Rudy's Vegan Butcher

Vegan butcher turns food world on its head

When you hear or see the word ‘butcher’, it’s not hard to visualise all the sights and sounds of a typical butcher’s shop – the funny hat, the reddish cuts of meat behind a protective screen.

You may be fascinated to hear, then, about how a punky outfit by the name of Rudy’s has managed to set up a new butcher’s shop, but without a scrap of actual meat to be found on their counters. Rudy’s takes a retro approach to promoting a vegan lifestyle, using all the trappings of a traditional butcher’s shop and diner, but with completely different choices on offer.

Rudy’s is the brainchild of Matthew and Ruth, a young couple with a passion for educating others about animal rights and a vegan lifestyle. The diner, based in Camden, owes its name to a childhood nickname Ruth was affectionately called, and picks no bones in delivering a punky kind of vegan eating experience.

Rudy’s Vegan Butcher is celebrating a buoyant inaugural year in 2020, at a time when veganism is increasingly gaining traction across the UK. According to estimates by the Vegan Society, there were at least 600,000 vegans in the UK in 2019 – quadruple the number recorded in 2014. One thing is for sure – there’s an appetite for all things plant-based.

A fun way to go vegan

One of the things that draws people to Rudy’s is the way the diner emulates conventional burger joints in the capital. Anyone who’s had a bite at the likes of Honest Burger, GBK or many of the other meat-based burger restaurants that have popped up will feel familiar with Rudy’s Dirty Burger without quite knowing why.

The only major difference is that the patties served up are derived from soya and other high-protein based alternatives to beef and chicken. A generous dash of mayo, ketchup, onions and lettuce, and you could pass off one of their burgers for the real thing, but with a higher nutritional boost.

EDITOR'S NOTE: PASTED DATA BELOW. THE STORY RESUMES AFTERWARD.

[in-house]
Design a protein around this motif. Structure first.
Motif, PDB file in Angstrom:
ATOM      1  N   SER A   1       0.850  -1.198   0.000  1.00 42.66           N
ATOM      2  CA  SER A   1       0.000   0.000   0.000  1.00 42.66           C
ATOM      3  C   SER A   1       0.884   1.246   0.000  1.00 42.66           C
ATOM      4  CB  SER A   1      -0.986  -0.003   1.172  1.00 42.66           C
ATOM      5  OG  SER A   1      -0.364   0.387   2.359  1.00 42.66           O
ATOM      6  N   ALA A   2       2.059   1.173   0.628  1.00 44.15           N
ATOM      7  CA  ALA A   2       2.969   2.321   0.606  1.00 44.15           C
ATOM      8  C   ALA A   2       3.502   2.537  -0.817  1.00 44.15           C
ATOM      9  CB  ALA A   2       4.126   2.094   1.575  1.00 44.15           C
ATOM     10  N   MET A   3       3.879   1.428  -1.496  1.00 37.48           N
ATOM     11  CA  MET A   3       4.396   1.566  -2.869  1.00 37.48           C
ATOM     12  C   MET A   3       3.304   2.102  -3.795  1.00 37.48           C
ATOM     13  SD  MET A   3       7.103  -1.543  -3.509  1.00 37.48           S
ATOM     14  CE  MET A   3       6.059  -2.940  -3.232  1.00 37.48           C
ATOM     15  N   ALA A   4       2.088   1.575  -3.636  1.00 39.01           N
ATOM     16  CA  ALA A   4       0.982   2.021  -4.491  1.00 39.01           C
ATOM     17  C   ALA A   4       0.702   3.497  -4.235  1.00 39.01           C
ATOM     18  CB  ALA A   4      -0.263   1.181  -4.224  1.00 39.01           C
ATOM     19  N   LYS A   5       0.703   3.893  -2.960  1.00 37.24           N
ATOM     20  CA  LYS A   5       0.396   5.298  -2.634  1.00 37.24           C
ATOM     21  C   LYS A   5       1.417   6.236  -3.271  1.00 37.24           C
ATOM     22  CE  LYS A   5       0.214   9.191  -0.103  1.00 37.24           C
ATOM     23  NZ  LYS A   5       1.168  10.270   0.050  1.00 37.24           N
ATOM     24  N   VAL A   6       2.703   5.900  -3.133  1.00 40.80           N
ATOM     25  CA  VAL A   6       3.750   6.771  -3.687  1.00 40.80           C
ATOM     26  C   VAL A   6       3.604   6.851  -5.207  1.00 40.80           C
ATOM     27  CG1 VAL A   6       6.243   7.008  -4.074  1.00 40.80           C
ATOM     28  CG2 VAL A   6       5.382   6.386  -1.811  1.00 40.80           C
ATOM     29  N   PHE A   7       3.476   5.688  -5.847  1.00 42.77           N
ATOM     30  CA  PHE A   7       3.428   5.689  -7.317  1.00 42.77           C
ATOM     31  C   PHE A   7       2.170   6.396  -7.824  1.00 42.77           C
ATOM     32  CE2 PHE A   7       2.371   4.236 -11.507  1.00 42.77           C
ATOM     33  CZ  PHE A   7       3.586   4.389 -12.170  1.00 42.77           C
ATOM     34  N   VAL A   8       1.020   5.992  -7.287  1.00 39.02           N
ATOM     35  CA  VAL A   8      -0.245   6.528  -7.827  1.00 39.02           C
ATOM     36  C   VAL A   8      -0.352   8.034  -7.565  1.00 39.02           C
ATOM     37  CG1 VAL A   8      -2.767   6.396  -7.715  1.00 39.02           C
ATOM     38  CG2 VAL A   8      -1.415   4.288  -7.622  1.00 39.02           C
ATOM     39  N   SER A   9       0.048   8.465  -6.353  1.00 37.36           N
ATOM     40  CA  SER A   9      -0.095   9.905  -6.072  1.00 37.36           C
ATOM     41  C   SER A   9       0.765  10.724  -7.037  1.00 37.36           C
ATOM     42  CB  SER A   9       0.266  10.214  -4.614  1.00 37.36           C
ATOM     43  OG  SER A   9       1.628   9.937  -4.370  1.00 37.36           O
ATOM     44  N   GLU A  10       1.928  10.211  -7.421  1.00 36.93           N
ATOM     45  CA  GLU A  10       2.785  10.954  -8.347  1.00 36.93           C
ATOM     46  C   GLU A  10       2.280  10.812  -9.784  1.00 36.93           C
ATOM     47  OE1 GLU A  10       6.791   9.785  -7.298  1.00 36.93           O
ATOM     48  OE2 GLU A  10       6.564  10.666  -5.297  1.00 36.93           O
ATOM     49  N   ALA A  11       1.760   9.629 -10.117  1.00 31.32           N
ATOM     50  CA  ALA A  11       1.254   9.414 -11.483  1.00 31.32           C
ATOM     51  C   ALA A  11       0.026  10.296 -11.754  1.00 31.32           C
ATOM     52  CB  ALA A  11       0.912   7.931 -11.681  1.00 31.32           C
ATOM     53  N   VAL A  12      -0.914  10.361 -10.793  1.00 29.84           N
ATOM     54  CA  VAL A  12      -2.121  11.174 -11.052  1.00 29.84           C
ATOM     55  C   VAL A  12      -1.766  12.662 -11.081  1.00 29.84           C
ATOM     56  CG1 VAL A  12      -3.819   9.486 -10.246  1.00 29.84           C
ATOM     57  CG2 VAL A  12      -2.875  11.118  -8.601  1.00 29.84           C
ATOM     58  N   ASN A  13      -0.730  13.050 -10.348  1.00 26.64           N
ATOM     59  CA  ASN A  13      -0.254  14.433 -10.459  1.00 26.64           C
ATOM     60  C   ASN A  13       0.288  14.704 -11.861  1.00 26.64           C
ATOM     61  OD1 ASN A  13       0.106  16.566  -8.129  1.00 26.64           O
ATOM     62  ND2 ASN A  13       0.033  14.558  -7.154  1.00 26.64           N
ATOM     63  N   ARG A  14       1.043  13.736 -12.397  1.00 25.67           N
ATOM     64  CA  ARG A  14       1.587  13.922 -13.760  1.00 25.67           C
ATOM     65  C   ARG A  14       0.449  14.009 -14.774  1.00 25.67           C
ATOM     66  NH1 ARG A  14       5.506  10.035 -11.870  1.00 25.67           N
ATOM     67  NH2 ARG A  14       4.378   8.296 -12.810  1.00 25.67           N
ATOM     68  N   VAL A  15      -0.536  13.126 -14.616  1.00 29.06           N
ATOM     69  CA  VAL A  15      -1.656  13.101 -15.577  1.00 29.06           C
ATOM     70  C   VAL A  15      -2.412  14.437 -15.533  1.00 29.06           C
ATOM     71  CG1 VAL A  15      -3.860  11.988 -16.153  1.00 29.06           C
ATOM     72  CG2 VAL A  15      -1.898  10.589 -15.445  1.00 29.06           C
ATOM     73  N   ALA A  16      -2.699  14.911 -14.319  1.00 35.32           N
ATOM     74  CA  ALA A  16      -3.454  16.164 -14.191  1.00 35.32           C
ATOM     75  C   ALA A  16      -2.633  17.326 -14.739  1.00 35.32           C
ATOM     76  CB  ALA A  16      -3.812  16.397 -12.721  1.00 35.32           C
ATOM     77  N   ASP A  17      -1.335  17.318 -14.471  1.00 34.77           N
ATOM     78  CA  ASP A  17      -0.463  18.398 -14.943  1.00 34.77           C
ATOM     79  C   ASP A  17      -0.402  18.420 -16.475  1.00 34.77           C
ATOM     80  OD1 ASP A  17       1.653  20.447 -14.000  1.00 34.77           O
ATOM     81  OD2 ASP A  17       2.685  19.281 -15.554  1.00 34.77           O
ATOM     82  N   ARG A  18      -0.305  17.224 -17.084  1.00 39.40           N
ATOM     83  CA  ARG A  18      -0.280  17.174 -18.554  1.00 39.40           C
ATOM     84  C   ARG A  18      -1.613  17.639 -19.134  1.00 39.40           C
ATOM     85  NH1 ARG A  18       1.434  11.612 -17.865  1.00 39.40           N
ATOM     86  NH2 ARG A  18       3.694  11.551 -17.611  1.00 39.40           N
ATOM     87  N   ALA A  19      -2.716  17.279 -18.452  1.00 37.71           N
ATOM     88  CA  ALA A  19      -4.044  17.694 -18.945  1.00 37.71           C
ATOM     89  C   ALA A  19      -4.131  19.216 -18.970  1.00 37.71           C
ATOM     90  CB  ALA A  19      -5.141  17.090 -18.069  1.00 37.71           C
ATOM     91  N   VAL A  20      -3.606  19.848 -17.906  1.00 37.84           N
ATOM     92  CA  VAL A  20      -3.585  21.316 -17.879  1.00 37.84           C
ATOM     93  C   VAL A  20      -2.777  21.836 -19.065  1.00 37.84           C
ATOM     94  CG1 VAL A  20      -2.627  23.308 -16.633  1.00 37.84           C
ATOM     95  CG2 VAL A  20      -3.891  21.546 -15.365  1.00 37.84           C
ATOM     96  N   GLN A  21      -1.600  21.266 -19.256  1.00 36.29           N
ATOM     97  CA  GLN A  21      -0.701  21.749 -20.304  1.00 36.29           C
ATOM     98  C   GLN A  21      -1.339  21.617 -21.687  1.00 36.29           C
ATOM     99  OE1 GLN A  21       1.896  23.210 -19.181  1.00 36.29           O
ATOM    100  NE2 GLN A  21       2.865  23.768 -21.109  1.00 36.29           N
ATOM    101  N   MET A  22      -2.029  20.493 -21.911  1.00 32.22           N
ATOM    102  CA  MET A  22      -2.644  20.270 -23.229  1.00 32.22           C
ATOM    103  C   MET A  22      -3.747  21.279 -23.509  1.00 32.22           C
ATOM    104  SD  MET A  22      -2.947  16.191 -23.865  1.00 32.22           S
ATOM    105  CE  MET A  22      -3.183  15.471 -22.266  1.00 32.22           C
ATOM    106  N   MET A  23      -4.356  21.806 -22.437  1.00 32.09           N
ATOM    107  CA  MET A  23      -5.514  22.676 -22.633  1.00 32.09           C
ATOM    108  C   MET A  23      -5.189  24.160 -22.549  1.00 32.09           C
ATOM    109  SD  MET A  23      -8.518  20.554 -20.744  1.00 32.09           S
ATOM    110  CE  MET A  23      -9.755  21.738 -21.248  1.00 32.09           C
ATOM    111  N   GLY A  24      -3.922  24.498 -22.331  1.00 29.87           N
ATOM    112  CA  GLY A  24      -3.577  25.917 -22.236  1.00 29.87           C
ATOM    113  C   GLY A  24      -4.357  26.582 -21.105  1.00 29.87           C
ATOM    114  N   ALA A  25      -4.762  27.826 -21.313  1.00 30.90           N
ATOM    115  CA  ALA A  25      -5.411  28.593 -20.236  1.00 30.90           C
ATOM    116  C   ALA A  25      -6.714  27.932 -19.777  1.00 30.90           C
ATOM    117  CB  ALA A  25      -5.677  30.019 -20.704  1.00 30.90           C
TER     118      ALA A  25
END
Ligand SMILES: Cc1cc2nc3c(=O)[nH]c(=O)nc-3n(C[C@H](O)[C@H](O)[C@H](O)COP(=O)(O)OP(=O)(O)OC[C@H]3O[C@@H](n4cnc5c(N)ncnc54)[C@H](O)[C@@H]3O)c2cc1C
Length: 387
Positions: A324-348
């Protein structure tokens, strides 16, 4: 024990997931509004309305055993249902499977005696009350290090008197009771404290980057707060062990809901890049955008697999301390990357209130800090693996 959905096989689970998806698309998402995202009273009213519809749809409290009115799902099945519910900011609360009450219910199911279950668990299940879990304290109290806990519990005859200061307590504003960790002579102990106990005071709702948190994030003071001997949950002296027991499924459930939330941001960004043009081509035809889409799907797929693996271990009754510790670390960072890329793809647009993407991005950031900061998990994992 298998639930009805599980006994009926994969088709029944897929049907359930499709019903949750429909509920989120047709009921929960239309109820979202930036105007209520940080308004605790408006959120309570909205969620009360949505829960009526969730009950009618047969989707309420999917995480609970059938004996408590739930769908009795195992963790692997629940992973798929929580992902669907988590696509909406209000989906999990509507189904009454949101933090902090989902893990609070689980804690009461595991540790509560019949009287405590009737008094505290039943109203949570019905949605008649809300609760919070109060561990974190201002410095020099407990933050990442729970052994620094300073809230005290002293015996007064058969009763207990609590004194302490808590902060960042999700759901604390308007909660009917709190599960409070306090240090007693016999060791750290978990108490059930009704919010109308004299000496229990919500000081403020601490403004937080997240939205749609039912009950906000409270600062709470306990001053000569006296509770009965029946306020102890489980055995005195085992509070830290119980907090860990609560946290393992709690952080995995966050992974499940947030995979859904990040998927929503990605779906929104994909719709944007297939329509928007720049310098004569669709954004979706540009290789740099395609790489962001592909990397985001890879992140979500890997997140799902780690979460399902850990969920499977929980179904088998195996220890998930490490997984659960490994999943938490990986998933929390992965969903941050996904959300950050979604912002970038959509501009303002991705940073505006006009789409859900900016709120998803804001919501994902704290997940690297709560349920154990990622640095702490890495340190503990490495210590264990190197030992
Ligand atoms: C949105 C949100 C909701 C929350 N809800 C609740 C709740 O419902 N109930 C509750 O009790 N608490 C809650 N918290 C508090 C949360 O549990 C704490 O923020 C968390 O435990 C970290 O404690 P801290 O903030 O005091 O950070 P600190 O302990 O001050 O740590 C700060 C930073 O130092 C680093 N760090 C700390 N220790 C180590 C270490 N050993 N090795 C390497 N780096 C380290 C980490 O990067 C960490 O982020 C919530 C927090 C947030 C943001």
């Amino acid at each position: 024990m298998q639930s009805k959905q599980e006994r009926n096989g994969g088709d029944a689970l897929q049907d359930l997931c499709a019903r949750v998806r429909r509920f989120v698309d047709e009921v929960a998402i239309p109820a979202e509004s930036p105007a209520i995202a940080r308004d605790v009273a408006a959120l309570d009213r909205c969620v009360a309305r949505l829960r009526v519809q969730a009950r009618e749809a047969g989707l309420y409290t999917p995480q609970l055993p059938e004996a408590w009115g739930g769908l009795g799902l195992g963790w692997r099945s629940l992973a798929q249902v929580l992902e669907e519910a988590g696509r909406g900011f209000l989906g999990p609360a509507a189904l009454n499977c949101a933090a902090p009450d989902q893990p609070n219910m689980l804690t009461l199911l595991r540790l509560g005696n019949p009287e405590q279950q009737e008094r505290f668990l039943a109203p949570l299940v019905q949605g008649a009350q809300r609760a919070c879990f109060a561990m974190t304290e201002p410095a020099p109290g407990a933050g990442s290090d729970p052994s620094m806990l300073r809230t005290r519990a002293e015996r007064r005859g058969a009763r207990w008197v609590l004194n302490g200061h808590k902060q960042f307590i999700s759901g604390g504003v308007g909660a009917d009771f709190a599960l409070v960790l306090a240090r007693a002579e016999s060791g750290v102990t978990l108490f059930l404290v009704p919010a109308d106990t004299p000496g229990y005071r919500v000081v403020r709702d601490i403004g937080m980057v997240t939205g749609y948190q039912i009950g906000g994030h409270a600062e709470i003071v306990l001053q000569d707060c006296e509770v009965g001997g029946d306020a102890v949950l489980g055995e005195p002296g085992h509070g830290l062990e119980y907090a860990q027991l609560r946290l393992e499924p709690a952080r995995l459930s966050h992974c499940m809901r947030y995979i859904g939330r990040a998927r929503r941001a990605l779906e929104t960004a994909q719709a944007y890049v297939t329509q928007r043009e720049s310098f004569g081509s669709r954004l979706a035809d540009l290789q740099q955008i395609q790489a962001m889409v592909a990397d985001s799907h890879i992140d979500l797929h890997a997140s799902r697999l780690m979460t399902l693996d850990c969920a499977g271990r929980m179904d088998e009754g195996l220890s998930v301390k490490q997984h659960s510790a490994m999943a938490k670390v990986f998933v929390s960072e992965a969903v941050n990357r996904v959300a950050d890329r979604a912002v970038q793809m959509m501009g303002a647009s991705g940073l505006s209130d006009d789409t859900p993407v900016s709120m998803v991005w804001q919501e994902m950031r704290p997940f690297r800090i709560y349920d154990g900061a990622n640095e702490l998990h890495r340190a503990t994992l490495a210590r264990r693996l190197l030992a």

News about the opening of Rudy’s Vegan Butcher spread like wildfire on social media, in the run-up to World Vegan Day. By mid-morning on the first day, Rudy’s posted on Instagram, claiming to have sold out, having made 100 online sales in the first 10 minutes alone. The post was accompanied by a short video, showing a queue of hungry diners snaking down the local high-street, waiting to see what all the fuss was about.

Veganism on the rise in the UK

The strong demand for a vegan-only dining experience is a sign that the shift towards a post-meat future is that bit closer. Law firm EMW reported this summer that there had been a surge in new vegan-related food trademarks being registered in 2019.

Consumer goods company Unilever especially is accelerating activity in the vegan marketing sphere, as it trademarked a new vegan-friendly ice cream brand.

EMW also reported that there was a surge in interest around trademarks based on a common theme – the idea of being ‘beyond’ traditional ways of eating – beyond cheese, beyond meat, beyond butter and many other variations.

Many of us will remember the significant buzz generated on social media, when Greggs introduced its vegan sausage rolls last year. It all just goes to show that a plant-based diet can be popular to market, especially if it’s packaged in a faux-fast-food fashion.

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